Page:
Nepali Congress troika tests the traces, braces for August showdown

Nepali Congress 12th General Convention, August 2010


Each group has its own school of thought and followers but given the track record of skin-shedding, the possibilities of realignment before the Convention are very much on.





Nepali Congress is in a bind. Its General Convention is scheduled for August, and it has three leaders in the race for presidential supremacy, each at daggers drawn. The right-to-the-centre faction is led by stalwart Sher Bahadur Deuba, left-to-the-centre by central committee leader Narahari Acharya and the centrist faction by Acting President Sushil Koirala.

Each group has its own school of thought and followers but given the track record of skin-shedding, the possibilities of realignment before the Convention are very much on.


The Sushil faction seems the “strongest”, till date. Along with the Koiralas, leaders like Arjun Narsingh KC, Bimalendra Nidhi and Prakash Man Singh are in this group. This group harps on centrist sentiments of party members by treading a fine line between the two extremes: the right-to-the-centre and the left-to-the-centre. Supporters say that it strives to strike a balance between nationalism, democracy and socialism, the three pillars of party building put forward by BP Koirala in 1955.

Events buttress that party parliamentary party (PP) leader Ramchandra Poudel and Koirala have agreed “to work together.” Poudel received support from Sushil in the PP elections last year. Die-hard Koirala supporters are hoping the magic works.

Still, the task of rallying various forces appears daunting. Granted, this faction has leaders like Poudel, Singh, KC, not least the ambitious Koiralas themselves. But that also means stroking too many egos, assuaging various needs and making a departure from the sense of entitlement the Koiralas have thrived on.


Narahari’s group, with support from leaders like Pradip Giri and Deep Kumar Upadhyaya, has been advocating socialist politics with emphasis on “radical reform” within the party and governance structure.

This group is also known as the “republicans” and “reformists”.

Though Acharya is hailed for his integrity (alongside Singh, he was the only other NC candidate to win direct election in Kathmandu in the CA) and consistently championing the socialist school of thought in the party, he is no frontrunner. Opinion is split whether his group will contest the election or “compromise” to support some senior party leader.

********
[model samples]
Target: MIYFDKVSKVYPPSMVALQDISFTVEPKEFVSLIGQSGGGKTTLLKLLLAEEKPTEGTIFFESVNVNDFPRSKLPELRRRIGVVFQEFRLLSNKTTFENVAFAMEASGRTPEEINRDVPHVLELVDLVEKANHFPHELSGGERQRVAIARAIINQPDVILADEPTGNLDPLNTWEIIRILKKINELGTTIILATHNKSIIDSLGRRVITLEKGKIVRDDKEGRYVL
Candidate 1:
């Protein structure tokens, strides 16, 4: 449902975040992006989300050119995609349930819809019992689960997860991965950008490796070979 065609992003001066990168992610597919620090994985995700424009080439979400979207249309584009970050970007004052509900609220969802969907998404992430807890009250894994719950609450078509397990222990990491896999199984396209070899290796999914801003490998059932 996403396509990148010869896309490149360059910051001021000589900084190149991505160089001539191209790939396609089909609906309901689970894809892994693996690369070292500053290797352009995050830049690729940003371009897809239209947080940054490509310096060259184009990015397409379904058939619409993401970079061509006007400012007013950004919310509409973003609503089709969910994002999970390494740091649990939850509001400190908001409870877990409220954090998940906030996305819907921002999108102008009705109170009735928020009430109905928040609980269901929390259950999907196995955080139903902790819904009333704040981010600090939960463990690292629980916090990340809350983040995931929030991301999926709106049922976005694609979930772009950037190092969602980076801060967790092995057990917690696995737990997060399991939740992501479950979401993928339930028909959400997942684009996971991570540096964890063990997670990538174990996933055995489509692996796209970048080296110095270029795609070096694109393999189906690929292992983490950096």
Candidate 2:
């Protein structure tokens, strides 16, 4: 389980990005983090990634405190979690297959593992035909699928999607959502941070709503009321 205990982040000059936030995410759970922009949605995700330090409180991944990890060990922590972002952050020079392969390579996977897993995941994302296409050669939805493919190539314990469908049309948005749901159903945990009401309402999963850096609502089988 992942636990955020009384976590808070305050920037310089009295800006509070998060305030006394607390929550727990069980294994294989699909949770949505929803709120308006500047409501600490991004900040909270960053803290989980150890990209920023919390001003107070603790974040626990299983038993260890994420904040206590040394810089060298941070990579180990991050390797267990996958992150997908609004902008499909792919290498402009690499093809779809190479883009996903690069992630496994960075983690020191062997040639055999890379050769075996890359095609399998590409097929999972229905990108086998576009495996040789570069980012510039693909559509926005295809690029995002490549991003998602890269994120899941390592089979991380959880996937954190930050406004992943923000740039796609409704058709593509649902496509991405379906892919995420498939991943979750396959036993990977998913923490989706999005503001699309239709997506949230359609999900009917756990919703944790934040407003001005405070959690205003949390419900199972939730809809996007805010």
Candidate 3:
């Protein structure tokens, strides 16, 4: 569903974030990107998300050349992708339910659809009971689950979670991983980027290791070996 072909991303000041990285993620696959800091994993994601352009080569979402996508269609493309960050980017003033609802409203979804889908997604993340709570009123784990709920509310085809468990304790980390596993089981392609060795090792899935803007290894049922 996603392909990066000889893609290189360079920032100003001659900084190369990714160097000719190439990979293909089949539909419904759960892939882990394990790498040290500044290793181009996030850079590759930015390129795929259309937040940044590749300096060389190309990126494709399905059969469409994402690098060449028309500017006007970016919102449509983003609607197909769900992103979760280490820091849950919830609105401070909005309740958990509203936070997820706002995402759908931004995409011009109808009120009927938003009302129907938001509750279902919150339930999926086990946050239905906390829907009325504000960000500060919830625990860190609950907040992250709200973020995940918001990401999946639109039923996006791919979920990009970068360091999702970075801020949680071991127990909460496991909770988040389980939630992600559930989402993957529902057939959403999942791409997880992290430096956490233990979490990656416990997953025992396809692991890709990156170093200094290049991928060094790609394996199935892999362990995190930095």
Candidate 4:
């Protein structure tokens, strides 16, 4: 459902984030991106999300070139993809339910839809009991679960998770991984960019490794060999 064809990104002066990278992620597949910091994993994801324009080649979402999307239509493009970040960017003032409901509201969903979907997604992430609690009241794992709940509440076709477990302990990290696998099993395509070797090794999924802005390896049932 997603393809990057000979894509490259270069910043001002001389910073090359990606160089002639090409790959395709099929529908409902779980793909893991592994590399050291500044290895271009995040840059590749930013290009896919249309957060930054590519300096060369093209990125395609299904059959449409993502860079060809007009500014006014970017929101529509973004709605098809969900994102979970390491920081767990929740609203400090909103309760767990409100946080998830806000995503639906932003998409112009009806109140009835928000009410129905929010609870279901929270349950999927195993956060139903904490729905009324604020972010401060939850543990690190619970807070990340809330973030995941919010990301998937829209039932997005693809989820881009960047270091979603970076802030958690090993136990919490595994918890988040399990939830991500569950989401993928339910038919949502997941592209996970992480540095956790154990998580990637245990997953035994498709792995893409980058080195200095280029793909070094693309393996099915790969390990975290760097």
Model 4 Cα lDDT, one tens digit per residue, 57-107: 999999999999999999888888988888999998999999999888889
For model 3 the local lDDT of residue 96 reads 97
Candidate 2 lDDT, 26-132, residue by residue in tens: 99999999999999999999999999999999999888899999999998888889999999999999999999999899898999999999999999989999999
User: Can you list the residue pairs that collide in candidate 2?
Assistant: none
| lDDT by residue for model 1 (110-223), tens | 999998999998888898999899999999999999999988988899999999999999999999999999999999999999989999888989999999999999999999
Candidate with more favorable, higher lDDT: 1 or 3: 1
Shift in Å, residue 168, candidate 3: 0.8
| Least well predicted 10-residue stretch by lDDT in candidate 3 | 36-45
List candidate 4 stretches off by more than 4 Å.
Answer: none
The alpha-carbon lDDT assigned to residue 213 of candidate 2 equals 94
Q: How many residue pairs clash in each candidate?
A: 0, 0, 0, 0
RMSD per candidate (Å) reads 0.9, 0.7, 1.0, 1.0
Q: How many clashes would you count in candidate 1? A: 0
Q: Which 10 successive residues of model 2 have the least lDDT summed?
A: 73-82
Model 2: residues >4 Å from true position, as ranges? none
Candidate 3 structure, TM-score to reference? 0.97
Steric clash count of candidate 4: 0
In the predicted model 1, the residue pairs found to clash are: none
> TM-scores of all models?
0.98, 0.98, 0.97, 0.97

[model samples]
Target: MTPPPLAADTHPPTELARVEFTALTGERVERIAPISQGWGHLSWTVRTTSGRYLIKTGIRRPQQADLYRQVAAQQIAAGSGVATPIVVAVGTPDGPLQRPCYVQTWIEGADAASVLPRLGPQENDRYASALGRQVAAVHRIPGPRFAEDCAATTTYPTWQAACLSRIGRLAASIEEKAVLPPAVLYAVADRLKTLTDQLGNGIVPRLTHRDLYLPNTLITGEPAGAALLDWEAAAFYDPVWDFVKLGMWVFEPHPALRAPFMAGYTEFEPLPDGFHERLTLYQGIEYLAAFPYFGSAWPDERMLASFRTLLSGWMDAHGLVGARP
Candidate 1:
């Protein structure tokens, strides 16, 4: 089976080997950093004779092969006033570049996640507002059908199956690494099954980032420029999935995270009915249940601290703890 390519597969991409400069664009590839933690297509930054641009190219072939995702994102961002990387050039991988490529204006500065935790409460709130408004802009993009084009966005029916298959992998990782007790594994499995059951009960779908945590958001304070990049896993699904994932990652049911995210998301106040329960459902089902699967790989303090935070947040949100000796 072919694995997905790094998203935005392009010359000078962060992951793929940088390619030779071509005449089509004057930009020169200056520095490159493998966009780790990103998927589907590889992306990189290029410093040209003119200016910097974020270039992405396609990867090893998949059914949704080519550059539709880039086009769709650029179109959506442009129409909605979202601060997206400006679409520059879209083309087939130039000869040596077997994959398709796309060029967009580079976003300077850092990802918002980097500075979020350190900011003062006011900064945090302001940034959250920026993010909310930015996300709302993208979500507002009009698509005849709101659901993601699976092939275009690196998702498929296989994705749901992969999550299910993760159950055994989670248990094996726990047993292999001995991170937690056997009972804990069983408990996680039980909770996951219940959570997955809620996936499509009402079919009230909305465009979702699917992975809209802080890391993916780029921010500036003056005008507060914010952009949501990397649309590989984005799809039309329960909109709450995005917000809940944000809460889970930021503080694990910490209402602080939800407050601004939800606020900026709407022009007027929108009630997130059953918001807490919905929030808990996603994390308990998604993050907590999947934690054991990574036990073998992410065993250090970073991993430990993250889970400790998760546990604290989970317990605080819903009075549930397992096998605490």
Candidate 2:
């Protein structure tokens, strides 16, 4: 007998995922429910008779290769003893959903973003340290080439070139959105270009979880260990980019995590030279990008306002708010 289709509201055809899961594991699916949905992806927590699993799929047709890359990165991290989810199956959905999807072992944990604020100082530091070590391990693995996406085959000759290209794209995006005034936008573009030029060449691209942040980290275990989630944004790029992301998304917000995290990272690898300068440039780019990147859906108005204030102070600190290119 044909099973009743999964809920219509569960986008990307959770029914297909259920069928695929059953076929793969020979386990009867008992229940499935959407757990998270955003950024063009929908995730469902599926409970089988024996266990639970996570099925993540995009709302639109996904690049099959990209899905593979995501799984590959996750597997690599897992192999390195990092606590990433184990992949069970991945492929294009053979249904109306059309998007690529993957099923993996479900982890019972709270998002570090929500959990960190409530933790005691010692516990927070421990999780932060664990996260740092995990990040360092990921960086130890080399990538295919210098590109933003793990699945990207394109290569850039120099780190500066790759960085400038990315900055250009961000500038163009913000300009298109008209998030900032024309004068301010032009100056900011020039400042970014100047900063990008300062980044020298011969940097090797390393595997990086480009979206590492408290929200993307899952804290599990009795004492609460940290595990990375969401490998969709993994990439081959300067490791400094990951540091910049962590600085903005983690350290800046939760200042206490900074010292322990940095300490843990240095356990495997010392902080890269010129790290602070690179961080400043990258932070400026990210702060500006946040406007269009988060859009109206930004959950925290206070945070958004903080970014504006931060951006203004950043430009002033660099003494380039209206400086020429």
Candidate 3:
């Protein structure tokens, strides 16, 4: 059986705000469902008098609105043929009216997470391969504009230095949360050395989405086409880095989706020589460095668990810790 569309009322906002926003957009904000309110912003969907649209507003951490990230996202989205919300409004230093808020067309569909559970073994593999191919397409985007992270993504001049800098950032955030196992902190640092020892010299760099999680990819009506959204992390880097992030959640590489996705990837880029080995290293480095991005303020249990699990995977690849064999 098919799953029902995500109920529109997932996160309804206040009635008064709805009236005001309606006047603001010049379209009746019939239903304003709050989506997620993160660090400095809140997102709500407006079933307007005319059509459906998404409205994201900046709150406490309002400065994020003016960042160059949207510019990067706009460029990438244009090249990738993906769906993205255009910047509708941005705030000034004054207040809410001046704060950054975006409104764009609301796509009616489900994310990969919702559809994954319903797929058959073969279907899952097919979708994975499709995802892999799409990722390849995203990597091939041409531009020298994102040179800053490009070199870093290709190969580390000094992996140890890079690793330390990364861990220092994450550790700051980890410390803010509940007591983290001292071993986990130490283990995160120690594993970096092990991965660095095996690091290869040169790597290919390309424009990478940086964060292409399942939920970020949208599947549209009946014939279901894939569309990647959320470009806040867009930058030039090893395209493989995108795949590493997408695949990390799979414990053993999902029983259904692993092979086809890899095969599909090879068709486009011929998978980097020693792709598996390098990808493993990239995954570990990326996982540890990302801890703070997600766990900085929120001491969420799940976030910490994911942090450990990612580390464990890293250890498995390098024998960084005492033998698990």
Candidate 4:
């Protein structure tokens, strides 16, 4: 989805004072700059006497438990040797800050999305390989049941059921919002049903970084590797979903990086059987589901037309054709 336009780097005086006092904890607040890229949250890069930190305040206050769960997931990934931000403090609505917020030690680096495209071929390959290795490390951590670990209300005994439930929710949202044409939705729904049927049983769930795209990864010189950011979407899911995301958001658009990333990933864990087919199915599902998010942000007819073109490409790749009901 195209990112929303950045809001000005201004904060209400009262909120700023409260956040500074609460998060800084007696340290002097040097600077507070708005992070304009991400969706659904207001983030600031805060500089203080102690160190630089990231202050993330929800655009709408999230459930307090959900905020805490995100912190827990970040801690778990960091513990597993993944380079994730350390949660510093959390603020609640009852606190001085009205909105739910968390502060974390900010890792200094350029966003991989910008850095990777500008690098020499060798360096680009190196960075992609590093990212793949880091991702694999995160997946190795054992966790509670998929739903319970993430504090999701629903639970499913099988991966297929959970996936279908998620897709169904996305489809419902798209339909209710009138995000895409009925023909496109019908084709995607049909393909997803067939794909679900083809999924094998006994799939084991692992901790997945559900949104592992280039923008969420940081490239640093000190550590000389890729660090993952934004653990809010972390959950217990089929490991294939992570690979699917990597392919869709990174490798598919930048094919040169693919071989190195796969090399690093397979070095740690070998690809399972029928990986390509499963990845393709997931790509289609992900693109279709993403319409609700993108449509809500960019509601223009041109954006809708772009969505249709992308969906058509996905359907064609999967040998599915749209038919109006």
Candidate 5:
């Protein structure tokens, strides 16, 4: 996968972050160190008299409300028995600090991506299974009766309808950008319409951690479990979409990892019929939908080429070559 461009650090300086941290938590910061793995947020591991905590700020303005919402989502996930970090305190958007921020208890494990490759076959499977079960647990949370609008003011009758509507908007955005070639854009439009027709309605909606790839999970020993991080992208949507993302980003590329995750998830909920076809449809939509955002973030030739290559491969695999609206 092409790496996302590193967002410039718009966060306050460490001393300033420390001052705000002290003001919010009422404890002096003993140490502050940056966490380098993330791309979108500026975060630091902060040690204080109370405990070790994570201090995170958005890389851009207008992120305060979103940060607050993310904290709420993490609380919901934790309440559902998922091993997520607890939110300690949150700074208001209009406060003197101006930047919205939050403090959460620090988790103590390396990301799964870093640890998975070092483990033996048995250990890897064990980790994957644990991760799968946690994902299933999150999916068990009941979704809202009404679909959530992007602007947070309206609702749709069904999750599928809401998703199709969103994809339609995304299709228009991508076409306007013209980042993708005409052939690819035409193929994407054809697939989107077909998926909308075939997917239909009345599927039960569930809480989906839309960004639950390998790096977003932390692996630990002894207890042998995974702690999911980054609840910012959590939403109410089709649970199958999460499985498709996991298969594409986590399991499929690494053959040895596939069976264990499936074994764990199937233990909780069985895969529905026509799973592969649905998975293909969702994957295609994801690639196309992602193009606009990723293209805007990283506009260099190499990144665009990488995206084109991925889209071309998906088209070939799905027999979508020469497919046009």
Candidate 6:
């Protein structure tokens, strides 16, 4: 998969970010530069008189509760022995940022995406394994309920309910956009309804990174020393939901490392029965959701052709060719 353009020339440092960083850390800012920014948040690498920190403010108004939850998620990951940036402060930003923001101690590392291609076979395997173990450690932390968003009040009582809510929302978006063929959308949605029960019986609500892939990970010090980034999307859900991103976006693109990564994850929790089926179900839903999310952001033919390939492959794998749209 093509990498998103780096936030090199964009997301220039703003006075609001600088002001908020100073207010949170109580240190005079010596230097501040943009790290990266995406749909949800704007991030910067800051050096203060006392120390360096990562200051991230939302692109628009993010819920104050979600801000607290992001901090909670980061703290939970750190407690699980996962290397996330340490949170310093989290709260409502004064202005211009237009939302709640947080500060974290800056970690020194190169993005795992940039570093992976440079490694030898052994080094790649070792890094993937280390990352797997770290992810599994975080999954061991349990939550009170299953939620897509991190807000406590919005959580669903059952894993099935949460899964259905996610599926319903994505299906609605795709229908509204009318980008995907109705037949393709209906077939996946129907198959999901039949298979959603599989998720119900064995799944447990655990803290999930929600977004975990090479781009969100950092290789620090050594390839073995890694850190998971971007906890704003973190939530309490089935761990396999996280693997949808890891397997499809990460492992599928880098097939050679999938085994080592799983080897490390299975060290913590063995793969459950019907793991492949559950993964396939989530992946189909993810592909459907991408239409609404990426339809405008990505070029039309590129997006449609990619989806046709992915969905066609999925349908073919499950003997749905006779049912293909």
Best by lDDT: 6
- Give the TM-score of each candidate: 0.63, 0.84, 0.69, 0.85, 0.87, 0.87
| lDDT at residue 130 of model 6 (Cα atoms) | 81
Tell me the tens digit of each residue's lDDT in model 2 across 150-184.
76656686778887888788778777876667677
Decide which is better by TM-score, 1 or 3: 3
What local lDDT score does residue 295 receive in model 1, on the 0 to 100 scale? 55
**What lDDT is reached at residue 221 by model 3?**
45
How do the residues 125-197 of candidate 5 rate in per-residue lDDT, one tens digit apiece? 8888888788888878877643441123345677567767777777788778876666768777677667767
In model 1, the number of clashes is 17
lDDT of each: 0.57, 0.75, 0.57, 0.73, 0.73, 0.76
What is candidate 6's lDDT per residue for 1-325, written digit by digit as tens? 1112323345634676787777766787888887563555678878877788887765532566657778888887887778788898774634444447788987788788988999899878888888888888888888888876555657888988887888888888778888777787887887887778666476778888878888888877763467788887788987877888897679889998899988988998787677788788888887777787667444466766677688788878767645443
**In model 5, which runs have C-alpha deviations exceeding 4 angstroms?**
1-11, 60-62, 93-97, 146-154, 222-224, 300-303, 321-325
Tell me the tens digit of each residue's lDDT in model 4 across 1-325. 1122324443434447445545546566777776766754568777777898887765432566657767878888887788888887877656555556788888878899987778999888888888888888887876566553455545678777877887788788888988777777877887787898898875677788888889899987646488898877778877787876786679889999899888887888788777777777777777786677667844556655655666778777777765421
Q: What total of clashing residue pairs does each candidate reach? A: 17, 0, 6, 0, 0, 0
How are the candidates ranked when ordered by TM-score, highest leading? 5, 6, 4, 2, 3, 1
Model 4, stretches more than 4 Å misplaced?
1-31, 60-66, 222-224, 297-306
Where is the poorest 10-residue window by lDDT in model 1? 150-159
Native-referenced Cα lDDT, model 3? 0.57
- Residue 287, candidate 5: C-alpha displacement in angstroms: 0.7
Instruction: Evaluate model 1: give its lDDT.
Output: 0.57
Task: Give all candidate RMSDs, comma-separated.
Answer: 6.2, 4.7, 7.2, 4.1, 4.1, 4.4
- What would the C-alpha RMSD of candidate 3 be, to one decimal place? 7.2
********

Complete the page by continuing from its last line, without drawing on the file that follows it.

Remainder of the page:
Acharya’s group’s Achilles Heel is that it triggers academic debate but does not have the capacity to energize the party base. It has not penetrated the grassroots. Even so, none questions Narahari group for its “passion for reform” and this could attract reformist votes. “This faction may be the dark horse. The canvas is different since 1996. No surprise, if only 10 to 15 percent of the current CWC members are re-elected. If so, the status-quoists will be flushed away,” argued Ang Dendi Sherpa, a youth leader in NC.


To many, Deuba is Sushil’s bete noire. His group of leaders like Minendra Rijal, Prakash Sharan Mahat and Bal Krishna Khand, is more inclined to conservative politics with emphasis on “democracy and nationalism” rather than reformist agenda. It also holds historical ties with the traditional right, including the monarchists. Deuba, who worked under King Gyanendra’s patronage in 2005, enjoys strong ties with conservative forces.

Despite all, and even with a number of leaders backing it it will have to accommodate interest groups to emerge a potent functional force. Deuba may garner support from groups like those led by Govinda Raj Joshi and Khum Bahadur Khadka (known monarchists).

Though Deuba’s NC (D) represented a sizable chunk of the NC establishment (40 percent in the CWC) before the party’s merger with the NC in 2007, many NC (D) members have now joined the Sushil faction — as was evident during the PP election last year.

Still, this is a faction to contend with. “If there is a right wing upsurge in the country, and if the Joshi-Khadka group joins hands, chances are the Deuba faction will come out the winner,” says an analyst in NC.


Despite carrying separate identities and district politics, there are, however, possibilities of realignment before the August Convention.

As of now, NC leaders say, while there are high chances of a merger between the Narahari and Sushil factions, “two extremes” (Narahari and Deuba) are unlikely to budge and are expected go headlong into the battle. But to some, the Narahari faction does not exist as a “group” or “faction”, but only as a “school of thought”. Sushil and Deuba factions are factions, not the Narahari group.


Beyond these three groups, many inside the party regard the group led by former Home Ministers Joshi and Khadka, generally known as the party’s “right”, as a distinct faction too.

This group advocates Nepal’s Hindu identity, unitary system of government and at times even constitutional monarchy.  For now, it has fielded NC Vice President Kul Bahadur Gurung as presidential candidate. Crowed Gurung. “Have gun, will shoot. To hell with realignment.”

The Sindhupalchowk rally prelude to the decision over Tarun Dasta and the aborted aftermath has many guessing Deuba and Khadka are in cahoots. Khadka reiterated his aversion to secularism and federalism terming them “Maoist agenda”. Sushil’s hullabaloo ended their Tarun Dasta bid. It also drove another nail in the coffin of Deuba’s differences with the Koiralas.

(The article was originally published in The Kathmandu Post, June 15:

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